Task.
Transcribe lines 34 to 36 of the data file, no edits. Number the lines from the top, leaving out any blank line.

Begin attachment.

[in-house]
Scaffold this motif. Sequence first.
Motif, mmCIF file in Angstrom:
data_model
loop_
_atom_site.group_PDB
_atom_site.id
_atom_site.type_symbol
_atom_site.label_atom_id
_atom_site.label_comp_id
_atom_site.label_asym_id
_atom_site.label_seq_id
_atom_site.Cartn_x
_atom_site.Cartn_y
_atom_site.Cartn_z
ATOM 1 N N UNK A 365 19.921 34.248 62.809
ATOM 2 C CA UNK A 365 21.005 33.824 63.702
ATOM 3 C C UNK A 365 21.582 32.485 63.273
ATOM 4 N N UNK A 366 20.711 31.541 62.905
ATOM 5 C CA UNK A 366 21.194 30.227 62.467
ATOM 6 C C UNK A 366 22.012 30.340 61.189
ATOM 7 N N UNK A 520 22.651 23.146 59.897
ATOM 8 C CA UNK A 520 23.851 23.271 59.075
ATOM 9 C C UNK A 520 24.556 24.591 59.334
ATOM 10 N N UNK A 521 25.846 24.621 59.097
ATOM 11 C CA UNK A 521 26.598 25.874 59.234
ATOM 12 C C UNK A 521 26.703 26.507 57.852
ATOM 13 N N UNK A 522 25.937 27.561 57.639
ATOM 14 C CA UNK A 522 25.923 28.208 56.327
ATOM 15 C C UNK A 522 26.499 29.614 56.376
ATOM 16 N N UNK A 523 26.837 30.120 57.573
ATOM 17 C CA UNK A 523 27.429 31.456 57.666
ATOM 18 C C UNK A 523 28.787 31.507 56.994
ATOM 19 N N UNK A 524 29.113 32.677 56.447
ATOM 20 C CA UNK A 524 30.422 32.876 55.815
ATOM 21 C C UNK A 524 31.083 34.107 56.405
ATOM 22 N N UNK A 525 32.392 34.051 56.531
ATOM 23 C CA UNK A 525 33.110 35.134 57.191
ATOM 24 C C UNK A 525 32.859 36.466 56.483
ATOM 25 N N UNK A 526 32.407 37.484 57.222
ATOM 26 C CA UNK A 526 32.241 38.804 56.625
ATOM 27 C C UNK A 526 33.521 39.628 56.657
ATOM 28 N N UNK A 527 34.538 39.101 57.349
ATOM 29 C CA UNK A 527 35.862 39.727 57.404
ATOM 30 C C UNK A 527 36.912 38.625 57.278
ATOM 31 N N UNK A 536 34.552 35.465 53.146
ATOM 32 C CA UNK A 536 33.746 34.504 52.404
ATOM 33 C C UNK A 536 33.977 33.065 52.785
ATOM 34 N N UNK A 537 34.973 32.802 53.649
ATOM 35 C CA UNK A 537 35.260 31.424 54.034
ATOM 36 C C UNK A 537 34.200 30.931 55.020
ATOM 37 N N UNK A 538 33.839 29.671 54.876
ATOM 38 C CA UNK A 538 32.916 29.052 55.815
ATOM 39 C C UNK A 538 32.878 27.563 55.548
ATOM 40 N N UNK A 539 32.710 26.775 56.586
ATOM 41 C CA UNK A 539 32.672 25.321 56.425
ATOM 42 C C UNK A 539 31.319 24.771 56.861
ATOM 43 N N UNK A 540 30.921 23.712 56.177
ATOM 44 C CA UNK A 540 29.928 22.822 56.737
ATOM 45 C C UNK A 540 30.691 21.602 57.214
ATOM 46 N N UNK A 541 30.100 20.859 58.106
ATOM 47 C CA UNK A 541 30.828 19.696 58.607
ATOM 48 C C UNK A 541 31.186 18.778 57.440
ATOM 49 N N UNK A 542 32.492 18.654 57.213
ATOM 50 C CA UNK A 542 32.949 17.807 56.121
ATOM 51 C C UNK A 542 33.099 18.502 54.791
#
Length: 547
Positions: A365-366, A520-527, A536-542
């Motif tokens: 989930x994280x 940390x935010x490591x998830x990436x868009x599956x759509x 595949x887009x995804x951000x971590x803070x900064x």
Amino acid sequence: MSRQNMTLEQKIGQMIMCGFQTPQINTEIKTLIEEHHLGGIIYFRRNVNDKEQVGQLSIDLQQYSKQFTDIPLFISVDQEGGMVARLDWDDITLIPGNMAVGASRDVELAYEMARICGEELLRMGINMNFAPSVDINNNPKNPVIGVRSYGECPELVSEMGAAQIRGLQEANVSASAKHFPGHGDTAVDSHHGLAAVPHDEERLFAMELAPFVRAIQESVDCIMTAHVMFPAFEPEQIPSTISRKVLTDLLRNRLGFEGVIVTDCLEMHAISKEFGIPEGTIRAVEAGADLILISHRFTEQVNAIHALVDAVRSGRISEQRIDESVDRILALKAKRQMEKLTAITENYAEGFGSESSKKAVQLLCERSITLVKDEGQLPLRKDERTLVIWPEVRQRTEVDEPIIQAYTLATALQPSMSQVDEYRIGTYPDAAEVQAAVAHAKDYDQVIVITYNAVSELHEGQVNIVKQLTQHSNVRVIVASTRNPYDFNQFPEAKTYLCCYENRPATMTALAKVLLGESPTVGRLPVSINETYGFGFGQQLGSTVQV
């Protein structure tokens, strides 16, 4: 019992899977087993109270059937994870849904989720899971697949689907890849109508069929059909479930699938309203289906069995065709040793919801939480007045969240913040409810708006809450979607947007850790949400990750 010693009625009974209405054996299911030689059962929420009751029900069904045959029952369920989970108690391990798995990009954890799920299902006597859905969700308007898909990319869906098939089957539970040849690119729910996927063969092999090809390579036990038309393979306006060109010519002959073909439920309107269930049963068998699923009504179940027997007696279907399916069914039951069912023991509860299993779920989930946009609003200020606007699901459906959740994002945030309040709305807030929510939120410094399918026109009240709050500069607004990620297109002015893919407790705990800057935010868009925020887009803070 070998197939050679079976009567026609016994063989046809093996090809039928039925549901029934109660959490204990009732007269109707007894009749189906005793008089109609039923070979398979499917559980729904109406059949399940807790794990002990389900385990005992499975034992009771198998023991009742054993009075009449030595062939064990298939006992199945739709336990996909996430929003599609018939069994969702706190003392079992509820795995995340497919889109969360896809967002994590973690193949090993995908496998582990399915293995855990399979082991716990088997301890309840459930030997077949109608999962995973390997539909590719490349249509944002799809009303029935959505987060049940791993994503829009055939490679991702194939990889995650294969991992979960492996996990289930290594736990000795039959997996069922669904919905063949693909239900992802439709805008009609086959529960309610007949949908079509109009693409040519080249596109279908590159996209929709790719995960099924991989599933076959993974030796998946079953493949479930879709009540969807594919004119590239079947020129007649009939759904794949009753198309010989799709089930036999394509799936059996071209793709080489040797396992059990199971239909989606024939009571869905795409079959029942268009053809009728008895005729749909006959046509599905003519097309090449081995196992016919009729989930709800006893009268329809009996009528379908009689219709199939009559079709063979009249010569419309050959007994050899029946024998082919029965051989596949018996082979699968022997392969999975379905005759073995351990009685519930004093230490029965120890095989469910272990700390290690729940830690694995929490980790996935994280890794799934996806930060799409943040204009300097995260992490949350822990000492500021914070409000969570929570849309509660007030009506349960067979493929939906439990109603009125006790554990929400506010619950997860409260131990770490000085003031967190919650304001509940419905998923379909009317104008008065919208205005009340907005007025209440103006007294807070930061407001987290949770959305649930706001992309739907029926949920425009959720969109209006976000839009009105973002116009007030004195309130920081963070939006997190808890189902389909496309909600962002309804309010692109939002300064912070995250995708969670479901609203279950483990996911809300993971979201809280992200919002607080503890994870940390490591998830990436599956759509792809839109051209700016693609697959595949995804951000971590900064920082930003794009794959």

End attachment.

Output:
ATOM 19 N N UNK A 524 29.113 32.677 56.447
ATOM 20 C CA UNK A 524 30.422 32.876 55.815
ATOM 21 C C UNK A 524 31.083 34.107 56.405